The players really enjoy playing for Bochy. He treats them with respect and doesn't spend all his time coddling his stars. I really believe that a lot of the team chemistry I talked about earlier comes from the way Bochy manages the team. I mean, the guy won four NL West titles in 12 years with the Padres. The Padres! They should win a division title, like, maybe once a decade, tops.
Pablo Sandoval is another endless discussion topic. What do you think is behind his drop off in 2010?
I think, more than anything, it was his conditioning. His energy level suffered and he'd get winded after taking just a few ground balls. When he struggled, he tried too hard and thought too much and things just got worse. He wanted to go from .260 to .330 in a one-game span and that was impossible to do. The issues in his personal life might have played a part as well.
When you look for reasons to believe that the Giants might repeat in 2011, the prospect of a resurgent Pablo might top the list He looked great when I saw him the other day, and not just the weight he lost. He looked energetic, happy and confident - all things that make you feel better at the plate. No doubt, it's a huge year for him.
As you gear up to follow the 2011 Giants, what story lines are you most eager to see play out?
It's going to be a very different spring training. Returning as champions, it'll be interesting to see how motivated they are. I think they will be. There's bound to be even more energy around the park with a lot more fans coming to spring training for the first time. I had a harder time finding a condo to rent this year, so it should be interesting.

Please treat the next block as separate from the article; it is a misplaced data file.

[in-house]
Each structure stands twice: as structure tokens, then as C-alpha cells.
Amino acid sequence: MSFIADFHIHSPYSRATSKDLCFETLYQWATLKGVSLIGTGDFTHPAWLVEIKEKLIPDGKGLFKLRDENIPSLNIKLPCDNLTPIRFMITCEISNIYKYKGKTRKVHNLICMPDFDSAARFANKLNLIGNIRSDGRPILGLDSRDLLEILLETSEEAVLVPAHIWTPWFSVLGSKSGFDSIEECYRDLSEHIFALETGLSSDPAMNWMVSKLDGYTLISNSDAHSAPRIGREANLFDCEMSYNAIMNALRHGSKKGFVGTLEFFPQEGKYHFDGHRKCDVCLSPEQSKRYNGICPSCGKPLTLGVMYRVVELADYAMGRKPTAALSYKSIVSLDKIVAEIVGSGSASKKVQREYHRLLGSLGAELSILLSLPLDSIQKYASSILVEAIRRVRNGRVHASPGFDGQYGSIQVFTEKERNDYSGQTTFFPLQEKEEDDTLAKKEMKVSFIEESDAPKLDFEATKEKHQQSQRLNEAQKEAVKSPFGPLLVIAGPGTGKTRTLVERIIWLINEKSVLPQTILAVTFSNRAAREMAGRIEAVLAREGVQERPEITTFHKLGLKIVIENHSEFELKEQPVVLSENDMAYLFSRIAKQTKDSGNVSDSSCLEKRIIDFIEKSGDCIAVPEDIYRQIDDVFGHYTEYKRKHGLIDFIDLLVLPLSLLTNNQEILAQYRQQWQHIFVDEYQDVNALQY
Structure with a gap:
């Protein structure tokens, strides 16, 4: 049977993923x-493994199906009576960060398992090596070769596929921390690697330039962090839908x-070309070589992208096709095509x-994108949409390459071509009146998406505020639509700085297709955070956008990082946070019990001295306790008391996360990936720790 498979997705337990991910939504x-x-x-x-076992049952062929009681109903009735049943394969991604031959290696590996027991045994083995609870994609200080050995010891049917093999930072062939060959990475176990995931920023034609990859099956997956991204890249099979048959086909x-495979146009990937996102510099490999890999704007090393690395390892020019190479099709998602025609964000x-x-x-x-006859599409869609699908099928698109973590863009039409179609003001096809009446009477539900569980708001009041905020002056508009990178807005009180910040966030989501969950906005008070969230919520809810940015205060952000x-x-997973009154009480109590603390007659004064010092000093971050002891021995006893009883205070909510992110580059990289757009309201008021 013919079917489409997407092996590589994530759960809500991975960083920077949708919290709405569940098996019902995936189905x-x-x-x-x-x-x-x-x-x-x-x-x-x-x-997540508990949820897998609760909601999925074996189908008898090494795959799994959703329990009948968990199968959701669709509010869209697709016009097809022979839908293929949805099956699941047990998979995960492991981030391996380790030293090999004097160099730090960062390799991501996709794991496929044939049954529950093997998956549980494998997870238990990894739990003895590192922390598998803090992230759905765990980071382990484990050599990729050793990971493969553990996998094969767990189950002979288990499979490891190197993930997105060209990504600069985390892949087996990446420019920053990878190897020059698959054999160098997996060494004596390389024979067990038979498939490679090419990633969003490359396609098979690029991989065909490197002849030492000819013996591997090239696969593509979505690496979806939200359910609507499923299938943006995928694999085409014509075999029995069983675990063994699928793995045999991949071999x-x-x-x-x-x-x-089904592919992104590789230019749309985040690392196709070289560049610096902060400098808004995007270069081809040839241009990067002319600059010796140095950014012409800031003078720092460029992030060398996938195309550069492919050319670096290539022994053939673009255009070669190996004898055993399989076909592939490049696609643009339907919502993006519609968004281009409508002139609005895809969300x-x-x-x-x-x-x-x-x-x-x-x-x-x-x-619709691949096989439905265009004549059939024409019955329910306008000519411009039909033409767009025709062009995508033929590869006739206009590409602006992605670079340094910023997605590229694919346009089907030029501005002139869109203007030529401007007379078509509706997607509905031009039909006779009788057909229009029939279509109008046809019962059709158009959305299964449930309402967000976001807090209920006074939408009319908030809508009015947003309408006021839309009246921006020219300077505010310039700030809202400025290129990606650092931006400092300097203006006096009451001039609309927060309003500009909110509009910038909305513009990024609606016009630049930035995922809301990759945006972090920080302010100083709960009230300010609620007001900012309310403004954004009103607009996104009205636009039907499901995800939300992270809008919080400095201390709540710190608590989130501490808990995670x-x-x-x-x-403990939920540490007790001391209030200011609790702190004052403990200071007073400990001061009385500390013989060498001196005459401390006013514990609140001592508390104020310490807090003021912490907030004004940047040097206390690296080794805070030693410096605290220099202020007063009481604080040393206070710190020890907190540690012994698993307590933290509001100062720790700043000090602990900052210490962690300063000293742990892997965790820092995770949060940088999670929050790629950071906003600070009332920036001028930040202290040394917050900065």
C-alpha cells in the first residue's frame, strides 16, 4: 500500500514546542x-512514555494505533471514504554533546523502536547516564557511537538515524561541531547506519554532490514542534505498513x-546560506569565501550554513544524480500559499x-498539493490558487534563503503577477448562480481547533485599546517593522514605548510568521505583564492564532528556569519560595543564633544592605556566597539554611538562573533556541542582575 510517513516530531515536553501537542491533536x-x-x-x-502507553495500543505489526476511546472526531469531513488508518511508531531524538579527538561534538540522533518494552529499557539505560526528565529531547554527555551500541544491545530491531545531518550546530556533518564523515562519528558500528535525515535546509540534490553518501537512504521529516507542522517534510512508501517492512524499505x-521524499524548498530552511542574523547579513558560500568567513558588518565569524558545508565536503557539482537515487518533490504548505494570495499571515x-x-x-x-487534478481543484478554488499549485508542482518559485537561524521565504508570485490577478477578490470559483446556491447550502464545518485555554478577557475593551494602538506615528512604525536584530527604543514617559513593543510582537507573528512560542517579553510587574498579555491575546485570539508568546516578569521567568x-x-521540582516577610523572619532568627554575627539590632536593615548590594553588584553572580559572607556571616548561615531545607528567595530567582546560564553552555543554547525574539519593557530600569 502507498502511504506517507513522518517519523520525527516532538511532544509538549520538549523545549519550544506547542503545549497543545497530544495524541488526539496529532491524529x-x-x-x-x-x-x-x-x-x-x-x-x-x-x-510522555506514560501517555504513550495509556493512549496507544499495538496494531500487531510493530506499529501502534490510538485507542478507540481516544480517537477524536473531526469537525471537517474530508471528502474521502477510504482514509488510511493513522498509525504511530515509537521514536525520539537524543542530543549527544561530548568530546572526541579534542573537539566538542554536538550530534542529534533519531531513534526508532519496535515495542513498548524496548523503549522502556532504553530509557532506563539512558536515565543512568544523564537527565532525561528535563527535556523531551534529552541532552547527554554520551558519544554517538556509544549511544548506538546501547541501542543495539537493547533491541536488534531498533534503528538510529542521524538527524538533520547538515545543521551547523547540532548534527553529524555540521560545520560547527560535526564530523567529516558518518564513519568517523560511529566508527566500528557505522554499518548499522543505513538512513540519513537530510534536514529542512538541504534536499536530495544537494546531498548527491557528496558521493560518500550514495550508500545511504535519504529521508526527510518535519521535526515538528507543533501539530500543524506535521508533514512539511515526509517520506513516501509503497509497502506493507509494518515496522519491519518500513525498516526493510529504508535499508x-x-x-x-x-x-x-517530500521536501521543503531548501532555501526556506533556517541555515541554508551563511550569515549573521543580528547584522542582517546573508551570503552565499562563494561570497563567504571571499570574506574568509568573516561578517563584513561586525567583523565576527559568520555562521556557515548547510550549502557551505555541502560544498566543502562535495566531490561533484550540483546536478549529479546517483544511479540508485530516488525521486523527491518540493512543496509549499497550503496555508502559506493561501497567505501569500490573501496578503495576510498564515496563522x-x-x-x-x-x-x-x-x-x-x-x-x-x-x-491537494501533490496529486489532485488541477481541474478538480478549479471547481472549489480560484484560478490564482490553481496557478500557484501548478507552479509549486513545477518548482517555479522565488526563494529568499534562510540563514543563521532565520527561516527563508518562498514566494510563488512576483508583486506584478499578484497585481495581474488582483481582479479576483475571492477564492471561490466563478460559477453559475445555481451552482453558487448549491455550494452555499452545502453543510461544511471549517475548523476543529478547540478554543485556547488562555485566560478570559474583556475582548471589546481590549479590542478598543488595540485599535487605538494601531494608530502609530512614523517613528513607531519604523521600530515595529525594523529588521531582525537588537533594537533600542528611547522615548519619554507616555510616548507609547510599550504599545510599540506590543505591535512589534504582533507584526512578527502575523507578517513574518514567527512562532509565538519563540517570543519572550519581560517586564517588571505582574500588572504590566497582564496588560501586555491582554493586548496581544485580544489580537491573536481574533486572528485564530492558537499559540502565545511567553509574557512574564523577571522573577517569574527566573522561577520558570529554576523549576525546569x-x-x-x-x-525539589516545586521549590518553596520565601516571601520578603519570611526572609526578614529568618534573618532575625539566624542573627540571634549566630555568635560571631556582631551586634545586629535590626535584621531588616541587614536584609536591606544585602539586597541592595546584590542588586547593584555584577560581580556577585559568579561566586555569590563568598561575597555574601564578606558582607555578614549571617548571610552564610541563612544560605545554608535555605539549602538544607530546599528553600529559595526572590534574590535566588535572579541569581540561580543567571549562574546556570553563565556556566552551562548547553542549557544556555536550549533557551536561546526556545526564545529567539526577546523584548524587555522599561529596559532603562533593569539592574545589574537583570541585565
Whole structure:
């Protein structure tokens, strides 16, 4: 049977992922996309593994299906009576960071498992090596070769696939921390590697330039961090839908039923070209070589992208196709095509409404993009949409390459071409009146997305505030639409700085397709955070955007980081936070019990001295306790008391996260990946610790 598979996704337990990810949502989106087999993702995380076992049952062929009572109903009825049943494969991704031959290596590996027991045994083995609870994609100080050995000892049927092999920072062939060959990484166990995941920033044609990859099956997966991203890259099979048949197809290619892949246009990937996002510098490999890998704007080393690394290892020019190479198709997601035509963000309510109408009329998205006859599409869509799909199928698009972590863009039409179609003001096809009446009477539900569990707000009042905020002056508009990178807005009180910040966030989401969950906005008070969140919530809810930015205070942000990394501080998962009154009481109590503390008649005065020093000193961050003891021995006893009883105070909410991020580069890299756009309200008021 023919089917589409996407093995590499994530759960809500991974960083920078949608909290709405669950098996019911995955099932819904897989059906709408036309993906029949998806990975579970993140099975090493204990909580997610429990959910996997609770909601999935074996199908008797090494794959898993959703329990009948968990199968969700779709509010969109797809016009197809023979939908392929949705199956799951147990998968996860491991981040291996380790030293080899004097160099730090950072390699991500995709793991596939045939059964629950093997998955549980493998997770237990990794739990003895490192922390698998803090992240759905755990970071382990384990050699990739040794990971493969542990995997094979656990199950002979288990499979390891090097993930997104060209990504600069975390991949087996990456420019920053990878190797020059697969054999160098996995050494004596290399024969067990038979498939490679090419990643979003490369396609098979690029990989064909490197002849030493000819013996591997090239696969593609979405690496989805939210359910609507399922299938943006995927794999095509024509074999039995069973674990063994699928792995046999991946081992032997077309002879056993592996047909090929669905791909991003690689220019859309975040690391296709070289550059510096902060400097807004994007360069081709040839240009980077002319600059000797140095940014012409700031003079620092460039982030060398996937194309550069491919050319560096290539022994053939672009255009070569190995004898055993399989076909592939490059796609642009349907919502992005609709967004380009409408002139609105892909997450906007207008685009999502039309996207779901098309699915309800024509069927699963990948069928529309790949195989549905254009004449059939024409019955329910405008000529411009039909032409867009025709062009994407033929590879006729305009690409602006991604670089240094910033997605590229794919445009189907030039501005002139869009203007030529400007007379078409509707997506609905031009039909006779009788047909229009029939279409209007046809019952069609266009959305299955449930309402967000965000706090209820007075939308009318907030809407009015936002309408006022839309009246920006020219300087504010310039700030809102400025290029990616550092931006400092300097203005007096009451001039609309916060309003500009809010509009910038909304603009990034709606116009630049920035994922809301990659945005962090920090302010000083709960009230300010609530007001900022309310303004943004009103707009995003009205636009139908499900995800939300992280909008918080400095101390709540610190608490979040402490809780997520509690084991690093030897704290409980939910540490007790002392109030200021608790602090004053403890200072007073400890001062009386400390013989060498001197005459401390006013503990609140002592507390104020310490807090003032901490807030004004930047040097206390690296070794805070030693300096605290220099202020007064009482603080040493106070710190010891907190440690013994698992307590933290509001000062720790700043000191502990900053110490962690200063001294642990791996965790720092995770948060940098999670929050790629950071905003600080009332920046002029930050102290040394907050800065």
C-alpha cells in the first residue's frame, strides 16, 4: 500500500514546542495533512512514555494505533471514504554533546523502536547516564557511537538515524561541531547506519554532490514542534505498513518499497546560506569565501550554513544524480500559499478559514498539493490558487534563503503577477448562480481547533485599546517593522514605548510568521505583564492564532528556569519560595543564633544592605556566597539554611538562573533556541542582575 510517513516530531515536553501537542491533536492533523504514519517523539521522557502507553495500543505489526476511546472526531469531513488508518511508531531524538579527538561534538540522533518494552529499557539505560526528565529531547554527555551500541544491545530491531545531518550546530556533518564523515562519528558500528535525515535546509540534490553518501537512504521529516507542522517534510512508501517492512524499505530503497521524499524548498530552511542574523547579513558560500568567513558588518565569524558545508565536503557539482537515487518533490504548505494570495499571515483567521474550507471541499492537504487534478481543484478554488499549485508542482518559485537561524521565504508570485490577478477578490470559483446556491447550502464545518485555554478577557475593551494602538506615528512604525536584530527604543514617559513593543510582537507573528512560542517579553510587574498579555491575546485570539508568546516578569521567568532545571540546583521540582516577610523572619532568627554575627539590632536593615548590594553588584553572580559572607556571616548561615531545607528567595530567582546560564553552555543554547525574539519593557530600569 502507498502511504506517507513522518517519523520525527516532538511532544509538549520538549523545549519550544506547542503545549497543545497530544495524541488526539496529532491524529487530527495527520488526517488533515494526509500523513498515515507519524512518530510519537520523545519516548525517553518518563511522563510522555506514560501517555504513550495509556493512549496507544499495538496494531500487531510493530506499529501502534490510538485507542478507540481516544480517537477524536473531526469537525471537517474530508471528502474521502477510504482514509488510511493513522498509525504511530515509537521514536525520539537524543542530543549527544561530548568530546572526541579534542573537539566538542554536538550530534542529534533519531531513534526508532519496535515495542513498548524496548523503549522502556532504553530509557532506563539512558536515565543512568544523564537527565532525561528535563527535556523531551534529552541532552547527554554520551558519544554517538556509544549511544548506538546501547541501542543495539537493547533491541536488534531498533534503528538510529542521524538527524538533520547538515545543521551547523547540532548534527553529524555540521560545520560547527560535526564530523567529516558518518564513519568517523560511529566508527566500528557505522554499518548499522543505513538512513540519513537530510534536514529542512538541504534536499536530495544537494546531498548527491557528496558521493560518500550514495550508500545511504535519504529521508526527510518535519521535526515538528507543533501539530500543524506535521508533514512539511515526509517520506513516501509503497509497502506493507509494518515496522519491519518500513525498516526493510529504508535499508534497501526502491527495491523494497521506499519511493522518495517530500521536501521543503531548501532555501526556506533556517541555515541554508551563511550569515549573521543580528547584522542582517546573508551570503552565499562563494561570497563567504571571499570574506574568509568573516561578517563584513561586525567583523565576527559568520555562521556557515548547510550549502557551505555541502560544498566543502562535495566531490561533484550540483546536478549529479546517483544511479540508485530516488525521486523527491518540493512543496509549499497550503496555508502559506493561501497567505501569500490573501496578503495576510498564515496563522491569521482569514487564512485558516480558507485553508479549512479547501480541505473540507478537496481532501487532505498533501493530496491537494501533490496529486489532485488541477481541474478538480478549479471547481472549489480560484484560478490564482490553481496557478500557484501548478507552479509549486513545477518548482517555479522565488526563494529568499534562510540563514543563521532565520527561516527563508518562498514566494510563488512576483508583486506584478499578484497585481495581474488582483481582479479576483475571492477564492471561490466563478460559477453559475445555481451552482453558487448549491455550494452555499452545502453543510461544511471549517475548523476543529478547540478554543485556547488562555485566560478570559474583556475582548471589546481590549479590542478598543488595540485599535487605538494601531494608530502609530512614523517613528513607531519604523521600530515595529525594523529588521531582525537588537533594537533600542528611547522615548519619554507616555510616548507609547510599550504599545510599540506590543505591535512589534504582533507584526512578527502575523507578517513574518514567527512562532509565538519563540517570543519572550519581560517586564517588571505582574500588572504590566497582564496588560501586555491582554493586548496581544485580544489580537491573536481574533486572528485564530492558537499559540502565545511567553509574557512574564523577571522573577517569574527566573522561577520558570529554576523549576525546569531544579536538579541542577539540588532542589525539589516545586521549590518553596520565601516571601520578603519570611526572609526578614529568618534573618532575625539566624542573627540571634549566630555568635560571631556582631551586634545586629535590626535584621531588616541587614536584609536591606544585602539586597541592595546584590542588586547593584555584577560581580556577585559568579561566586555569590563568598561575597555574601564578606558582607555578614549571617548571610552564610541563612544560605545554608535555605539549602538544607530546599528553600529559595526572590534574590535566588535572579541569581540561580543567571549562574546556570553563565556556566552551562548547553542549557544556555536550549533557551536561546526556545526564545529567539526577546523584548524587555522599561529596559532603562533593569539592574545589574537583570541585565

I look forward to include seeing how Brandon Belt does, whether Pablo looks like he's back and how the pitchers look after all the innings they pitched last year. And reading Brian Wilson's tweets, of course.
What do you think Brandon Belt's chances are of making the big team out of spring training?
I'd say less than 50/50. Unless he blows the doors off of spring training or other players really do poorly or there are injuries, I think he'll start the season in Fresno and we'll probably see him in May or June.
Thanks for your time and good luck with the book. Anything else you'd like to say to the readers of McCovey Chronicles.
Grant, swing by the press box sometime. Bring your laptop. If you take a bathroom break, I promise not to hijack your computer and write about llamas. Unless I do.
Really, though, Grant is a unique talent. You guys know that. He's more insightful than most reporters with access, which is hard to do. And I wish I could be as funny as he is.
I appreciate everyone's passion on the MCC, and truth be told, y'all make me work harder. I mean, you made a "Baggs Signal," for heaven's sake. If I write something that isn't well researched or thought out, you will call B.S. on me. You push me and I like that. (And I'll add my own TWSS just for you, Goofus.)